Robotics expert David Levy recently predicted sex robots with the ability to talk and respond to touch will be available commercially in 2017.
Rudimentary products of the type already exist. RealDolls are expensive, realistic silicone sex dolls made in the U.S. The beings in Levy’s prediction will have more functionality: heating elements to simulate bodily warmth, vibrations in response to touch, and sexy speech. He believes they’re coming soon, and anyone will be able to buy them. Maybe even on Amazon?
Wait. A sexy robot that seems like a person and does exactly what dudes want? You might be concerned, but don’t start panicking just yet.
A base-model RealDoll starts at US $6,000, and the price goes up quickly as one adds on features. But since your average person doesn’t generally have six grand lying around for sex purposes, the chance your entire customer base will run out next year and throw down US $12,000 to $18,000 (the predicted cost for the sex robots) is not high.
As time goes by, however, the price point will decrease as the technology refines. Think about the evolution of smartphones in the past 10 years, and you get the idea. Soon, everyone will be able to have a sex robot. Great.
Skeptics suggest that even as technology improves and prices go down, sex robots will operate as little more than “erotic vacuum cleaners” — something people bring out now and again, like whatever else was last year’s hot gadget. Maybe that’s true for most. But what about the people who take their relationship with their sex robot to the next level? Is there a reason to be concerned about those guys?
According to Darragh Roche writing for The London Economic, “As technology advances, sex robots will become more realistic, more intelligent and more responsive. Soon, artificial sexual partners could serve an emotional role in people’s lives, especially for those who struggle with normal personal relationships… It’s easy to forget the line between reality and fantasy. Millions of people become so invested in fictional characters that they cry when an author kills them off. The rise of sexual robots risks opening a can of worms we’re not equipped to handle.”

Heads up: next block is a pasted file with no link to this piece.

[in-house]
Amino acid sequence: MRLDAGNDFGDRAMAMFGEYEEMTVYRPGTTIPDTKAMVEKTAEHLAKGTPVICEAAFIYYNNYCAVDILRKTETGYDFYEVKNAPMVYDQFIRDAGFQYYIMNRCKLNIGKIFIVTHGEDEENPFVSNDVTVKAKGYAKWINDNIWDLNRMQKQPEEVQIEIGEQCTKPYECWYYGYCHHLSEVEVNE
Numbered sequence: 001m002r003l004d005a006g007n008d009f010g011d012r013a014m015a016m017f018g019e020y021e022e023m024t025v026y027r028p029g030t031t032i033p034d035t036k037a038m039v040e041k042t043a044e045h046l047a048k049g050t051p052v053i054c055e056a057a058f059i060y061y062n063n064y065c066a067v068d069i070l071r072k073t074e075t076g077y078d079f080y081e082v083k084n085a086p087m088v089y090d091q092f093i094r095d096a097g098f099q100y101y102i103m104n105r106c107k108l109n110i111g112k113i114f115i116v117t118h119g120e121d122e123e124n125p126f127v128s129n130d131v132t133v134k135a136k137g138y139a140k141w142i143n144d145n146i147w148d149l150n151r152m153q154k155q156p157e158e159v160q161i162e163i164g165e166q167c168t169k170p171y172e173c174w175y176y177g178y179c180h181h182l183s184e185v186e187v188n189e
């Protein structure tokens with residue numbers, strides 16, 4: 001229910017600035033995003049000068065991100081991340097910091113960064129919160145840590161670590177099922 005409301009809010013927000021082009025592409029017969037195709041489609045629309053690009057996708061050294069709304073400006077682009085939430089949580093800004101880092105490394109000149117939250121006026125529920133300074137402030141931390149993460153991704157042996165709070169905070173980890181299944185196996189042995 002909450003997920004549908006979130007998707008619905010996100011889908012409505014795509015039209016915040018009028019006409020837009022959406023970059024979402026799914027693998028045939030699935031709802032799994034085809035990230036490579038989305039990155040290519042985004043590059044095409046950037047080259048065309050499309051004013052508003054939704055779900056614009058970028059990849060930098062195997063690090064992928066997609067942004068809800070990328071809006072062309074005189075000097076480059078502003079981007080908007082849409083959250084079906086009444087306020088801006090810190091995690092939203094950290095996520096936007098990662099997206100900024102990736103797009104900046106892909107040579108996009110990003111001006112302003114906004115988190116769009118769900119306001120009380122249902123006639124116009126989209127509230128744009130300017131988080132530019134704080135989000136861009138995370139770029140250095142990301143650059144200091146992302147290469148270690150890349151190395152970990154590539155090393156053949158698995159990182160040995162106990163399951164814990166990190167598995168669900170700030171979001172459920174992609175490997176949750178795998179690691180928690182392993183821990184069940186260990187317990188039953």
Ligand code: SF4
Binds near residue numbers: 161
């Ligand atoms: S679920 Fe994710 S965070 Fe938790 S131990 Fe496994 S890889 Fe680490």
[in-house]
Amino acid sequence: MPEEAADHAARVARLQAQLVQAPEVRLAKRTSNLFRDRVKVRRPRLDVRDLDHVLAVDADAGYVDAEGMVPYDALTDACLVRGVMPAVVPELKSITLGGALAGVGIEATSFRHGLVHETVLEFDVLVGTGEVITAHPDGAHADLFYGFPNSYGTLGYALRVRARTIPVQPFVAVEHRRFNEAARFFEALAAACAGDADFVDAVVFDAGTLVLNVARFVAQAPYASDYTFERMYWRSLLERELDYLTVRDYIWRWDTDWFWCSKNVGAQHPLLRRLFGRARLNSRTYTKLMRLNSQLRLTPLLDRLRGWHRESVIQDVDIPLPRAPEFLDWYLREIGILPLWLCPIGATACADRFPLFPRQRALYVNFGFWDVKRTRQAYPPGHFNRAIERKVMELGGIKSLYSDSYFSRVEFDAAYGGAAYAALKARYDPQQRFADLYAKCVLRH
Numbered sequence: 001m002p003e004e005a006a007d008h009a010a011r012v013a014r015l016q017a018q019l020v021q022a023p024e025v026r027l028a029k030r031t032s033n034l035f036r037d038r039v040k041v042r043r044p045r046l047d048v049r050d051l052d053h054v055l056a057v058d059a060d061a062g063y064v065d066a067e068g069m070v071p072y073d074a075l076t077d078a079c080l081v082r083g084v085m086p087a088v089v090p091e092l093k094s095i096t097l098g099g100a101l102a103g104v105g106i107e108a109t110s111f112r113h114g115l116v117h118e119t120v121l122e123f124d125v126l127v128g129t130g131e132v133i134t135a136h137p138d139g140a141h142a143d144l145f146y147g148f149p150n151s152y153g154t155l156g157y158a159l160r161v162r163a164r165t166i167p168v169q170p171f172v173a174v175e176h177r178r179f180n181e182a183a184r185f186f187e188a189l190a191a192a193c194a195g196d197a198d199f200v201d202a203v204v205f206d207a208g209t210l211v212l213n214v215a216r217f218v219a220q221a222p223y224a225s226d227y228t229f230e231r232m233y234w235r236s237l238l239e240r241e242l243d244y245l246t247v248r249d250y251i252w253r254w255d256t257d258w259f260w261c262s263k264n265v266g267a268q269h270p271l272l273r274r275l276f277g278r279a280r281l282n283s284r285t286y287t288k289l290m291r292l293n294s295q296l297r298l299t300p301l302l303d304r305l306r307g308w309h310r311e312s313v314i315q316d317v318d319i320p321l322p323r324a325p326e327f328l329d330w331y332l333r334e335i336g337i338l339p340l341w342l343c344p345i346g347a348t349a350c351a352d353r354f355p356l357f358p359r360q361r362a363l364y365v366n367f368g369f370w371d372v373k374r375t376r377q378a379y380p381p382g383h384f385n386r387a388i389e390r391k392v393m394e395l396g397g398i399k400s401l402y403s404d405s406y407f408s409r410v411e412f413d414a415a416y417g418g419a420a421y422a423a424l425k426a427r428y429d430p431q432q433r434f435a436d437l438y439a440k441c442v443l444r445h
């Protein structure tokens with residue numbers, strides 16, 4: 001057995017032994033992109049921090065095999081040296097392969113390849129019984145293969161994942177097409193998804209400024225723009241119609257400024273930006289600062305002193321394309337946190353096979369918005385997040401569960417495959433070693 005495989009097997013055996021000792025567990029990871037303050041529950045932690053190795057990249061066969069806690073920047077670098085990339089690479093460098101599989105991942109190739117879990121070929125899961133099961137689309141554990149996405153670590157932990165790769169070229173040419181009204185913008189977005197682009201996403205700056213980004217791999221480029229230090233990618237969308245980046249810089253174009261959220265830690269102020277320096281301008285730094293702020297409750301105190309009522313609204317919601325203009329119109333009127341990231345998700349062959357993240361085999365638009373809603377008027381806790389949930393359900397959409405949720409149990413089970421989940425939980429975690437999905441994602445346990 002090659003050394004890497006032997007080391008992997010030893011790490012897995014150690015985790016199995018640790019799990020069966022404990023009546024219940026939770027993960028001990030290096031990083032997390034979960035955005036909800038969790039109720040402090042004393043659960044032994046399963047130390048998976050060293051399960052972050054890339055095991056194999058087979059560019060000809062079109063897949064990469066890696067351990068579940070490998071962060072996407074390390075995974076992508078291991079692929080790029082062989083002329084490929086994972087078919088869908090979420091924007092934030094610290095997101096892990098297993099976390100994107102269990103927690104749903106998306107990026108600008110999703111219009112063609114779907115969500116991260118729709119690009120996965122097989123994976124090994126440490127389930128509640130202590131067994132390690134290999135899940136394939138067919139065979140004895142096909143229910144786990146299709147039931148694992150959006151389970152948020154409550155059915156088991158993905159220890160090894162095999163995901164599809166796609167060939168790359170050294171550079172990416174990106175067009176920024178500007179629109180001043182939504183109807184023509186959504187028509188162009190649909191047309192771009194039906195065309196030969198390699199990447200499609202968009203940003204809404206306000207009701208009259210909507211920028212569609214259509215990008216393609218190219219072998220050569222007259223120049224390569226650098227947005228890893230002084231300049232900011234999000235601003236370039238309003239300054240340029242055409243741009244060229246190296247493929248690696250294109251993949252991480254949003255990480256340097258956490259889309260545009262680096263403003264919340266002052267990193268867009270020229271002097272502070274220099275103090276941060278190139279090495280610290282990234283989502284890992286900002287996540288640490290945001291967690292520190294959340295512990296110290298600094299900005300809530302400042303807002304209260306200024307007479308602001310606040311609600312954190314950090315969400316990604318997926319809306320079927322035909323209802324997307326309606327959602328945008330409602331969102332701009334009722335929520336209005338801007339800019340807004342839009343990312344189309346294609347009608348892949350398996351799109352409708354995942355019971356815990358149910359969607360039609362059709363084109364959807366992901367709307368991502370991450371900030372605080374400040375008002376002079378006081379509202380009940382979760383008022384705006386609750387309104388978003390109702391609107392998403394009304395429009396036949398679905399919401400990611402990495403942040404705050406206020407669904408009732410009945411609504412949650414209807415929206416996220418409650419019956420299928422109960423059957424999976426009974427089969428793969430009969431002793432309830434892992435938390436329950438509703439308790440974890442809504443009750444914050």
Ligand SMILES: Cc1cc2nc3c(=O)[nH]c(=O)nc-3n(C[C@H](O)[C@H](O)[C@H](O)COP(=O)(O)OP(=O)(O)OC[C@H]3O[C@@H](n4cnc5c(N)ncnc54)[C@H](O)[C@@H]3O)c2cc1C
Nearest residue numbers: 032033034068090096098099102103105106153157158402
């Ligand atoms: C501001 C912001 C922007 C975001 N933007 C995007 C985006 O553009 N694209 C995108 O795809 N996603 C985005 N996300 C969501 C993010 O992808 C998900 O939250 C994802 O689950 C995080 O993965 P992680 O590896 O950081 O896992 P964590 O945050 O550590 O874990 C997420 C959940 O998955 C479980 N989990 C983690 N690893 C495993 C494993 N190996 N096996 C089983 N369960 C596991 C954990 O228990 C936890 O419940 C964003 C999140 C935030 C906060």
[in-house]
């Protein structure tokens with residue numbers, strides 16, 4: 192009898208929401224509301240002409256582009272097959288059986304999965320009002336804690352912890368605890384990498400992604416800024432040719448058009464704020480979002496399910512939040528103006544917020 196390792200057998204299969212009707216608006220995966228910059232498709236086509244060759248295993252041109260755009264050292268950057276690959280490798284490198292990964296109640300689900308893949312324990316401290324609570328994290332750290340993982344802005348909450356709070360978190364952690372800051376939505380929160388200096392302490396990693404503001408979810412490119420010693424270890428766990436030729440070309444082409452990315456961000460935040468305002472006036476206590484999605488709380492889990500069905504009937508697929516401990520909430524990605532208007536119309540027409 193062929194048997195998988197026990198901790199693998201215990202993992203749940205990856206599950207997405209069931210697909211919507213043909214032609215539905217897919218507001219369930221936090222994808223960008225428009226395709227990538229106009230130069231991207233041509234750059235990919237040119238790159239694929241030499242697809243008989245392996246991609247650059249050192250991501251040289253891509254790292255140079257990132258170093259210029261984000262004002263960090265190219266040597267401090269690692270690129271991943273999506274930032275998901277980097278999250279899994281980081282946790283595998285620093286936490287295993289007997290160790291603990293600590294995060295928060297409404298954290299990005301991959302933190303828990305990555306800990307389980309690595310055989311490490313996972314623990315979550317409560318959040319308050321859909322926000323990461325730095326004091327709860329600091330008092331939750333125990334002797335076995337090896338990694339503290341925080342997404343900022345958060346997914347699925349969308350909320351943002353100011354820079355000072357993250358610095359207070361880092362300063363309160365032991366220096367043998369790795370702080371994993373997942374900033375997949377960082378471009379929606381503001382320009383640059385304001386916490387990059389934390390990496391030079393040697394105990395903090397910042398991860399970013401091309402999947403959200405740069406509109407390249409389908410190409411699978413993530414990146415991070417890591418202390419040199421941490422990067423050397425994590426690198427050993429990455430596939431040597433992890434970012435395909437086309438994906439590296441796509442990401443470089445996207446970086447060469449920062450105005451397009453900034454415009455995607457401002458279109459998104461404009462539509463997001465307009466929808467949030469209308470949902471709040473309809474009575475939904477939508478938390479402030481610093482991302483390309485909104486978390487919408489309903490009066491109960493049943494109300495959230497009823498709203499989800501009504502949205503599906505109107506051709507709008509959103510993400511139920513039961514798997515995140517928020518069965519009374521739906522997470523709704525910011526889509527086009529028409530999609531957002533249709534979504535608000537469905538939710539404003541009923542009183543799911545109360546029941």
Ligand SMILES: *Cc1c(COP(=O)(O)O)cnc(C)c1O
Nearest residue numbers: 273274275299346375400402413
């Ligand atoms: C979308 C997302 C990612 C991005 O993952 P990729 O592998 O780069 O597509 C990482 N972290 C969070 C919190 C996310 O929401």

Though I definitely can see the can of worms, I don’t think the can will represent the worm plague or sex robot epidemic Roche seems to envision.
So what if some people find accessible love in an animatronic world? Hopefully, by that point in our future, we are able to treat those folks with kindness — maybe even find ways to develop support services to stave off judgment and further isolation. Think Lars and the Real Girl (2007) and the community that embraced Bianca, the life-size doll who’s the “real girl” in the title. Maybe we will get there? As members of the cam community, we all already know no kink is bad as long as consent is present.
Considering cam specifically, should models be concerned about sex robots in terms of potential impact on revenue?
Think about conventional porn during the initial rise of cam. Did porn stars lose some fans to live chat as the services became more refined? Sure. But cam also got a whole new crop of clients who didn’t consume any erotic media before because what they wanted and needed wasn’t available until cam technology arrived.
So, though we may lose some soldiers to the sex robots, who cares? As long as those folks are happy, perhaps it’s a good thing their needs will be met in a more specific way. In truth, for people who need the services live cam provides, ain’t no sexy Siri gonna take your place.
For your viewing pleasure, this trailer for Lars and the Real Girl is one of the sweetest Baby Goose films you ever did see. I highly recommend it!